My research program on separated families and the gendering of borders began around a Dalai Lama Foundation-funded monograph project (Contested Border and Division of Families in Kashmir, WISCOMP, 2009), which traced the intricacies of the impact of the division of Kashmir on female members of families divided by that division. I found impacts ranging from early death to mental illness, distributed based on gender by separation. This work built upon my dissertation turned book on women and conflict in Kashmir.

My co-edited volume Women and Borders: Refugees, Migrants and Communities (I. B. Tauris 2017), further revealed the gendered violences of border demarcation and separation. The chapters individually and collectively demonstrated militarization of borders subjugates female border-proximate populations and increases their risk of experiencing sexual and gender-based violence. My chapter dealt with the risks of trafficking and commercial sexual exploitation around the militarized border between India and Nepal, and the impacts of that trafficking on women who lived the violent imposition of that border.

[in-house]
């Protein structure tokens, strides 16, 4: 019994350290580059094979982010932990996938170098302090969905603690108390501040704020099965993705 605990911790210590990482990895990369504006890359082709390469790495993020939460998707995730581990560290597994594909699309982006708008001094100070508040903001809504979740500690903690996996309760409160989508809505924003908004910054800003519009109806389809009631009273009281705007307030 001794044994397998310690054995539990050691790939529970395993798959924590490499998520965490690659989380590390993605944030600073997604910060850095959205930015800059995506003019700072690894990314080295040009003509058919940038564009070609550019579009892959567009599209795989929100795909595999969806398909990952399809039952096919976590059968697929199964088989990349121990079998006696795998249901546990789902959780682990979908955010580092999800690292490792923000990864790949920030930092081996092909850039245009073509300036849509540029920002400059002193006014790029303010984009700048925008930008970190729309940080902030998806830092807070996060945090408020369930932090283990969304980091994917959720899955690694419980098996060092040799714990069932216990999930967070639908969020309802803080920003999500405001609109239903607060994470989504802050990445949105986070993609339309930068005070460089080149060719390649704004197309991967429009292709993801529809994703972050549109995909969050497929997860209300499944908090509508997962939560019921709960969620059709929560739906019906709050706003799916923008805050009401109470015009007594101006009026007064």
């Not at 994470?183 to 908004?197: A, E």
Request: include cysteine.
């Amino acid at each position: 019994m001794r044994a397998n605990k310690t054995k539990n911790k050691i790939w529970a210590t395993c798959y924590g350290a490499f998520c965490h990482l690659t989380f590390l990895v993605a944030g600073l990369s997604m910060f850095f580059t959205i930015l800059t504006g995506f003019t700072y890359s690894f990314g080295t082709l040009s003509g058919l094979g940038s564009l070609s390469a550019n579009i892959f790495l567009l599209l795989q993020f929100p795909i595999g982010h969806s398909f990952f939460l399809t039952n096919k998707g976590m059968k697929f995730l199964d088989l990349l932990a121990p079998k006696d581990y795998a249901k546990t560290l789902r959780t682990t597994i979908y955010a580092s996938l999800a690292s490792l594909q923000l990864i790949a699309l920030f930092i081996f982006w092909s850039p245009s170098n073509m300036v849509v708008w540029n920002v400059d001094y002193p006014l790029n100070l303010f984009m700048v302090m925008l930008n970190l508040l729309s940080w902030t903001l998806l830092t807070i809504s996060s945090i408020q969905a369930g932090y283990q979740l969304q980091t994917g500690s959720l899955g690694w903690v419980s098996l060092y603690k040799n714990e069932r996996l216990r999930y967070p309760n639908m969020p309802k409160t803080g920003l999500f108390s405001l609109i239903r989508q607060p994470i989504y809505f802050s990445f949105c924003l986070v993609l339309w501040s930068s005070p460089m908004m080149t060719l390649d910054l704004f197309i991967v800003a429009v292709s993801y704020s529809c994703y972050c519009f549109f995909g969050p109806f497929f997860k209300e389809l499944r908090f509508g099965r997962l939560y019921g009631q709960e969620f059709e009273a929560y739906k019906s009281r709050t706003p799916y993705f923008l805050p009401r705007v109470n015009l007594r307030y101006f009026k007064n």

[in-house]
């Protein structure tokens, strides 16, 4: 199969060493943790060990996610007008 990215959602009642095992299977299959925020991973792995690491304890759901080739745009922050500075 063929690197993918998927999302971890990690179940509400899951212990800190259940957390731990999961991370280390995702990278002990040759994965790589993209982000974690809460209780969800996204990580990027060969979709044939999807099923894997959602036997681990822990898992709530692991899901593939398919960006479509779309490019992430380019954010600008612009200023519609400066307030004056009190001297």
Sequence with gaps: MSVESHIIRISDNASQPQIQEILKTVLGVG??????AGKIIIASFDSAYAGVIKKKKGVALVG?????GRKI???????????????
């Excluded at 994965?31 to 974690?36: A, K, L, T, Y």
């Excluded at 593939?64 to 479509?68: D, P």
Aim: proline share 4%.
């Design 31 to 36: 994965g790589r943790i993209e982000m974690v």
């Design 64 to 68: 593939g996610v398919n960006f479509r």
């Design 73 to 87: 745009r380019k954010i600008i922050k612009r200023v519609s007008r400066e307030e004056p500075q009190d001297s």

My next project in this research area, “Gendered Lines,” leverages my previous fieldwork in India and Nepal to theorize the relationship between family separation and vulnerability to violence against women, making the case that assemblages of gender subordination intersect with border assemblages to be productive of particular, contextual sexual and gender-based violences. I am working on a draft of this paper/journal article for presentation at conferences in Spring 2021.